Luminosity’s changes make an immediate impact as Victory X helps start the series with a win on Fathom - Capture the Flag (CTF). Although OpTic captures the first two flags, Victory X turns the game around with the Camouflage. His sneaky play starts a run of three unanswered flags for Luminosity.

The series goes to game five where OpTic steals a win from Luminosity on Rig – Slayer. Both teams trade kills up until the 25-kill mark, but OpTic Lethul uses the sniper rifle to build a small lead. The game ends with time and not kills, the final score recorded at 48-45 for OpTic.

Applying Purpose and Improving Interaction in an Open World Game

When DICE revealed Mirror's Edge Catalyst, the shift from linear parkour to an open world didn't matter. I waited eight years to play another Mirror's Edge and nothing would stop me. As I slow my sprint through the City of Glass, I also stop to understand the purpose of an open world. While Catalyst recreates the awe of free-running parkour, I don't credit its huge city for discovering that feeling. The main character, Faith, still runs regardless of the world around her. Without tying her movement and mechanics to the landscape of rooftops, the space leaves a void between the focal points of a game.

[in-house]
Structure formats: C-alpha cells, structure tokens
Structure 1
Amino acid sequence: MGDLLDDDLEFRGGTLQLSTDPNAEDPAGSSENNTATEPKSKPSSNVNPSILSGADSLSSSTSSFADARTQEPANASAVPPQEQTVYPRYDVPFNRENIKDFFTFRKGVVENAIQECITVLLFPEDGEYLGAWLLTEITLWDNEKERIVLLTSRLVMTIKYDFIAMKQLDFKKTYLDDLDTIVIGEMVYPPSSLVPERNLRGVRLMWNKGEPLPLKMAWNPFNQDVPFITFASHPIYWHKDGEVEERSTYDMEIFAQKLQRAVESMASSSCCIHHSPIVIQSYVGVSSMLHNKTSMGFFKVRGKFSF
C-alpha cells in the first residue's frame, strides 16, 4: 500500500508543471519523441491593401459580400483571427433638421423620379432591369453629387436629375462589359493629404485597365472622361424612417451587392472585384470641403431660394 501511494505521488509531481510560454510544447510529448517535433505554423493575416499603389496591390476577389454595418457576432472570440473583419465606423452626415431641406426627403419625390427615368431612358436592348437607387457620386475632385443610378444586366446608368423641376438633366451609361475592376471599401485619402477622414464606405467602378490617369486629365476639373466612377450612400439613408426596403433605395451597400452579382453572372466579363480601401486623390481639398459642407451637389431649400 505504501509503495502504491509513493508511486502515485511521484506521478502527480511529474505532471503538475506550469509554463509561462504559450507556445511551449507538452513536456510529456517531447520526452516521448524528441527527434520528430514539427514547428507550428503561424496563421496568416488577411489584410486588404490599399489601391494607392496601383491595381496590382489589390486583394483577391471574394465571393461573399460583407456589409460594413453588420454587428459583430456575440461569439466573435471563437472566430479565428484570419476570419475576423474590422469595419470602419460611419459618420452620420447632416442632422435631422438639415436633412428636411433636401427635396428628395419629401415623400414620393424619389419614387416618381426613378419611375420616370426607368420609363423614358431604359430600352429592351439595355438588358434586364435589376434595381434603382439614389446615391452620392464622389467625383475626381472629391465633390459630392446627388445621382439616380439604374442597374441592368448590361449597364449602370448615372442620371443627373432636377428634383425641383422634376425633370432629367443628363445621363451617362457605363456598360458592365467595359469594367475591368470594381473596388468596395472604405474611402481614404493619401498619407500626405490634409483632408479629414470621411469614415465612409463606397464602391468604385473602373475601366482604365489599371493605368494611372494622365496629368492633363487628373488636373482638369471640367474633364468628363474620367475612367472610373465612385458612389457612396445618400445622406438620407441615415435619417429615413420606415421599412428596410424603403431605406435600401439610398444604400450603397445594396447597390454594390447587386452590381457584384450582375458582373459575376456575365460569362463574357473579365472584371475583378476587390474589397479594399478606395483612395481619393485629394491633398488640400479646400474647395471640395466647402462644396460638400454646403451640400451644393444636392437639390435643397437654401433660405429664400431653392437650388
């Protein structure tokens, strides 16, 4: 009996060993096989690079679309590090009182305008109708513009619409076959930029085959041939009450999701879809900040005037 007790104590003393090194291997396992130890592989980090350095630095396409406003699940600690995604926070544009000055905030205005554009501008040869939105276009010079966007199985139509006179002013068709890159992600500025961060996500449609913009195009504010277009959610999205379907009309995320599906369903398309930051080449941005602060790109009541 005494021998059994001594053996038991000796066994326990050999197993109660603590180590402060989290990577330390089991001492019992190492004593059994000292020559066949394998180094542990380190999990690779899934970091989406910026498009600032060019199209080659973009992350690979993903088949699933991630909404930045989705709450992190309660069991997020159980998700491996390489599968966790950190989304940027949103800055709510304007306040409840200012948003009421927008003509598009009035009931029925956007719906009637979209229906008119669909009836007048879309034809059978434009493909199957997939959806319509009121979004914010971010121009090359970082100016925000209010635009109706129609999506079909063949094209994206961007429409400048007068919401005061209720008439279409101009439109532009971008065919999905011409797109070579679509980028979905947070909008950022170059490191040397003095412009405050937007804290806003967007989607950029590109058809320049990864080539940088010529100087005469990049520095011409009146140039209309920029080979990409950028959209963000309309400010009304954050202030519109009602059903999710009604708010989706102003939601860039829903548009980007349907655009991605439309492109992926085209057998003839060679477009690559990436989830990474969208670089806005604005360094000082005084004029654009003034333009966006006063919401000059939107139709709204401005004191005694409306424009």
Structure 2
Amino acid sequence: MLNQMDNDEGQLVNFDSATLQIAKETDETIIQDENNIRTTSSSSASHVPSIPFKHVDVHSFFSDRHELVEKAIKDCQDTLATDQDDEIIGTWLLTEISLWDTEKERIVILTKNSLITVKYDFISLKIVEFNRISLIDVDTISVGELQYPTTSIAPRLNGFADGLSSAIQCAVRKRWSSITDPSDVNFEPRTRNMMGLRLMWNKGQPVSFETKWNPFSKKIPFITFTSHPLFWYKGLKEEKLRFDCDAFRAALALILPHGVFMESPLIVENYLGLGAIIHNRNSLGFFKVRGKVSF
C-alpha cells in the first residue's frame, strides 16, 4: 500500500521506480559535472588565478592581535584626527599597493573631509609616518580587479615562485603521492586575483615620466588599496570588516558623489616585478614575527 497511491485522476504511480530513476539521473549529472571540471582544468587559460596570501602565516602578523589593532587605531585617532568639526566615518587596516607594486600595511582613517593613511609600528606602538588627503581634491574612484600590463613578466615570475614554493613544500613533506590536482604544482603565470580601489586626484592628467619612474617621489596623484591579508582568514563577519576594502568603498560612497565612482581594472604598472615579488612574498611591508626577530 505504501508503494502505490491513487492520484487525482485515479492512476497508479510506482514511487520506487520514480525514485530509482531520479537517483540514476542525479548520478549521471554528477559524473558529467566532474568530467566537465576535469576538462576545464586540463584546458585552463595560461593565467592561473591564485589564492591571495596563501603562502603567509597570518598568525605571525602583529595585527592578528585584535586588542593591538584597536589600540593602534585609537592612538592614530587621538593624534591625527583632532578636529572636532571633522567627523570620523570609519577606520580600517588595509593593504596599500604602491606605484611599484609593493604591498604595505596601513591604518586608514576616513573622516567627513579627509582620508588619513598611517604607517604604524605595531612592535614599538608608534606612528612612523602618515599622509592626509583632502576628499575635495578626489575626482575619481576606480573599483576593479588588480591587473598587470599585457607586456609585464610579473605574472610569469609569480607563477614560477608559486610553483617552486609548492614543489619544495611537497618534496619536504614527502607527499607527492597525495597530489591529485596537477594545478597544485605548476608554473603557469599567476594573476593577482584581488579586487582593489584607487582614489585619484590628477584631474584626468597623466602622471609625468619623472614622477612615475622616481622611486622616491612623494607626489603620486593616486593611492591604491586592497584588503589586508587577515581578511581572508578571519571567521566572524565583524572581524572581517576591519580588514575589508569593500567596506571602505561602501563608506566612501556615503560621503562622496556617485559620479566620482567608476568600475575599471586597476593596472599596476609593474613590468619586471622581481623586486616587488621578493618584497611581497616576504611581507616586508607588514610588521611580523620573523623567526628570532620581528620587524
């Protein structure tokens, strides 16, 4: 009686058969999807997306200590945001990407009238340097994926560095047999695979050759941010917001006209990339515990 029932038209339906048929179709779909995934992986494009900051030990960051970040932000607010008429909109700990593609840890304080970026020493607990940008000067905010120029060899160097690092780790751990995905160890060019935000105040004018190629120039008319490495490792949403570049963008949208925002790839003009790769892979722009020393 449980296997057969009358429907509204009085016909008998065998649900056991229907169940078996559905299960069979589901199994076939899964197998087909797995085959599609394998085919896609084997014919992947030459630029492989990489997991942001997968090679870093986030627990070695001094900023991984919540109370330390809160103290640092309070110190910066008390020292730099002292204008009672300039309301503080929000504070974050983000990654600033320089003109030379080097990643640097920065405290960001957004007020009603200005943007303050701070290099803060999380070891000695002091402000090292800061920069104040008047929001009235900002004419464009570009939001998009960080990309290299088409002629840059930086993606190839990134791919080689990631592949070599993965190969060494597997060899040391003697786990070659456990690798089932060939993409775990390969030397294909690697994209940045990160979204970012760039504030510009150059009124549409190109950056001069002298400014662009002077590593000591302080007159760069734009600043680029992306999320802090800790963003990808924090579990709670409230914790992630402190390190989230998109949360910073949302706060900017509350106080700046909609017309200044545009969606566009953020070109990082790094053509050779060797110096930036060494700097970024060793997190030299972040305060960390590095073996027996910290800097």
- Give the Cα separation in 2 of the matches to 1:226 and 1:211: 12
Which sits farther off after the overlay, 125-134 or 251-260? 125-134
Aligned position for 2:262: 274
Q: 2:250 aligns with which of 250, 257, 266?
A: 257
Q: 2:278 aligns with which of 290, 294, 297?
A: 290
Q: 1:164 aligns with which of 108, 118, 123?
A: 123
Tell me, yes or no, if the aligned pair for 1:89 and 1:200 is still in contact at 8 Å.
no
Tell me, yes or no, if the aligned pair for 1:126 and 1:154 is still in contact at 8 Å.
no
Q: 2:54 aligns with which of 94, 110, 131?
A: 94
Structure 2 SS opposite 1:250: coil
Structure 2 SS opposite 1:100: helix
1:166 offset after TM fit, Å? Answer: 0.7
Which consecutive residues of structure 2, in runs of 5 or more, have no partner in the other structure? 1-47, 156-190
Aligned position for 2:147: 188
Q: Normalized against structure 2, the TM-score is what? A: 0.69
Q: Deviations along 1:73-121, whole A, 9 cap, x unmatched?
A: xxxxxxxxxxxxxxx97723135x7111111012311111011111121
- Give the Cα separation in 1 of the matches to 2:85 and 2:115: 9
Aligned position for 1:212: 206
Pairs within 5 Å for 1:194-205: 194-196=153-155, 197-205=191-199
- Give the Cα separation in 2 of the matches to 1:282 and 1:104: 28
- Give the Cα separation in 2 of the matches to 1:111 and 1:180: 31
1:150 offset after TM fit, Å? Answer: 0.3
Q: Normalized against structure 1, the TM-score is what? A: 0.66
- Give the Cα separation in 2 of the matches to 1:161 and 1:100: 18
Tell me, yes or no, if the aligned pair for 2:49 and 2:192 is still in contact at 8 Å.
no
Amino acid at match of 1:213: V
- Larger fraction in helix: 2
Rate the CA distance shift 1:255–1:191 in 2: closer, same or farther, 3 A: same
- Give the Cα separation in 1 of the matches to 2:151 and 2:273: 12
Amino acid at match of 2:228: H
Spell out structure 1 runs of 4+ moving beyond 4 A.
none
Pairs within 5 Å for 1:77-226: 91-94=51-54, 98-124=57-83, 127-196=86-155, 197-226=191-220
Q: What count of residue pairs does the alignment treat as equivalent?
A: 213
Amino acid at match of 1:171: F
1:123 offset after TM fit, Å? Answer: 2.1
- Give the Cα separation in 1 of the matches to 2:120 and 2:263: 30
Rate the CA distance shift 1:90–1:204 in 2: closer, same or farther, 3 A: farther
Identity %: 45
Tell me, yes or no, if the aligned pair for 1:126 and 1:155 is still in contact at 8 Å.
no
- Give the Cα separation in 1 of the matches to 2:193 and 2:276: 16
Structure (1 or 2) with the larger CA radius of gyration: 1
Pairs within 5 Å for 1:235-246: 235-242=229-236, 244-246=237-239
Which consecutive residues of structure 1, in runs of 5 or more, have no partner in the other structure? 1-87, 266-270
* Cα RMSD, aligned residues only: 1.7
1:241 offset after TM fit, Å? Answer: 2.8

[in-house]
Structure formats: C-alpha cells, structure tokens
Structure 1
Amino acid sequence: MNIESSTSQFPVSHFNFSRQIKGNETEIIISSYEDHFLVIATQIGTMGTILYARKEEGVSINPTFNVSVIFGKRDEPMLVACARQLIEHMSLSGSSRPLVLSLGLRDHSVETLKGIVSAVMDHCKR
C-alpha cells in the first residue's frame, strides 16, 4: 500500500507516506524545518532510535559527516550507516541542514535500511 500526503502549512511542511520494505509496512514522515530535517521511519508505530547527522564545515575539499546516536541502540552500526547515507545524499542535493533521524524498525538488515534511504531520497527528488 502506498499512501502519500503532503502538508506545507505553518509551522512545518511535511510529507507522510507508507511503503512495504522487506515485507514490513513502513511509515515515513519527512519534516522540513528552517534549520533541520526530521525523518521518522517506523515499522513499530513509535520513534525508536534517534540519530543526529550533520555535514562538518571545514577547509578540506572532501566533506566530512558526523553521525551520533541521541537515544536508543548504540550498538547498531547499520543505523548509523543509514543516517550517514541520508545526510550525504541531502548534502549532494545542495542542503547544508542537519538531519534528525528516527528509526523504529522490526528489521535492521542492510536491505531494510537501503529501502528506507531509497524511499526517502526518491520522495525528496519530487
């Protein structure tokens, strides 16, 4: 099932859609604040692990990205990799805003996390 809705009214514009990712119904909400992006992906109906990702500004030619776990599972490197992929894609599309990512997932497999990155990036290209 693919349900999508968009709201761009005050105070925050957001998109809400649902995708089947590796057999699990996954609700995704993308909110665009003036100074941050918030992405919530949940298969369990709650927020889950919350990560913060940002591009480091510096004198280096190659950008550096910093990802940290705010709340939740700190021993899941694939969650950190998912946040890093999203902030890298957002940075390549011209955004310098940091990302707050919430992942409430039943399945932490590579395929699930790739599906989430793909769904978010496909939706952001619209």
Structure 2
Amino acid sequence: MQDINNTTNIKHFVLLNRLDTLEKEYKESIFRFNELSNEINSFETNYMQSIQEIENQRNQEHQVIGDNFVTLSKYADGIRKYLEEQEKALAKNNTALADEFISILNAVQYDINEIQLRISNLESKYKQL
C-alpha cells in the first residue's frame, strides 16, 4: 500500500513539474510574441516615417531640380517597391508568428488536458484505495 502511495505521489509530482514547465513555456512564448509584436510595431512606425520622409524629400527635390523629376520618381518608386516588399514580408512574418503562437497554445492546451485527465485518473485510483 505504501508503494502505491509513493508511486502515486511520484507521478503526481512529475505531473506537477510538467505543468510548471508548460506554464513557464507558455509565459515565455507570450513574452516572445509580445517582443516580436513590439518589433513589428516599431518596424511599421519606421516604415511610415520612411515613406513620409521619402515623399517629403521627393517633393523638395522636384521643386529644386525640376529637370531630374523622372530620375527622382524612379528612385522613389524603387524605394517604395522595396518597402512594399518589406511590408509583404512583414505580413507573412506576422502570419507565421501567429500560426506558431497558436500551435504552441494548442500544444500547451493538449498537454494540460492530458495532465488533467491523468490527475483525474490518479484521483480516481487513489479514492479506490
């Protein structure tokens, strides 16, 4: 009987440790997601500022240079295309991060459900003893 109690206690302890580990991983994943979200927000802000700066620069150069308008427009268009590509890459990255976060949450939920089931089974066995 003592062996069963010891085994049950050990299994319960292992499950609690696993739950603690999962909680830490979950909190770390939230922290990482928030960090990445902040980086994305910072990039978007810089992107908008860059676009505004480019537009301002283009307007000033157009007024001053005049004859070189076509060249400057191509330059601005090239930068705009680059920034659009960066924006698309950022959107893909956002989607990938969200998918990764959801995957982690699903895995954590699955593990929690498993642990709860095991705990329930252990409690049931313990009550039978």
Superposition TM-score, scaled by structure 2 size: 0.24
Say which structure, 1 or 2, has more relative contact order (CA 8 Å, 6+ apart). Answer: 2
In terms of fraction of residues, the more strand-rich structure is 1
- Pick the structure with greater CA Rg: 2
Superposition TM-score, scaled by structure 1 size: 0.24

Grand Theft Auto V (GTAV) haunts me with the dozens of lost hours spent driving. Whether you play a mission, go to a mission or explore away from a mission, you spend way too much time driving. With such a large open-world, cars speed up travel. Rockstar doesn't give you a better option for fast travel besides a paid taxi ride. And since many missions require some sort of vehicle to even trigger the event, why bother fast travelling with a taxi. Despite an elaborate heist story, GTAV's best use of city exploration and travel is to plop you in a car.

The Effects of Cosmetic Sales, Free Updates and Paid DLC

As players grind levels for loot boxes in Overwatch, I assume Blizzard works hard on their promise of free DLC. They fund free updates with revenue from selling randomized loot boxes of items already in the base game. Even after the retail sale, Blizzard wants players to spend even more by locking dozens of skins and emblems.

Some people may not qualify skins as content, but it does affect the value of a game. Item rarity takes from Overwatch's already thin launch package, and questions the effects of free DLC plans. Cosmetic marketplaces keep the community at the same version of game, yet it adds an item grind not found with paid DLC plans.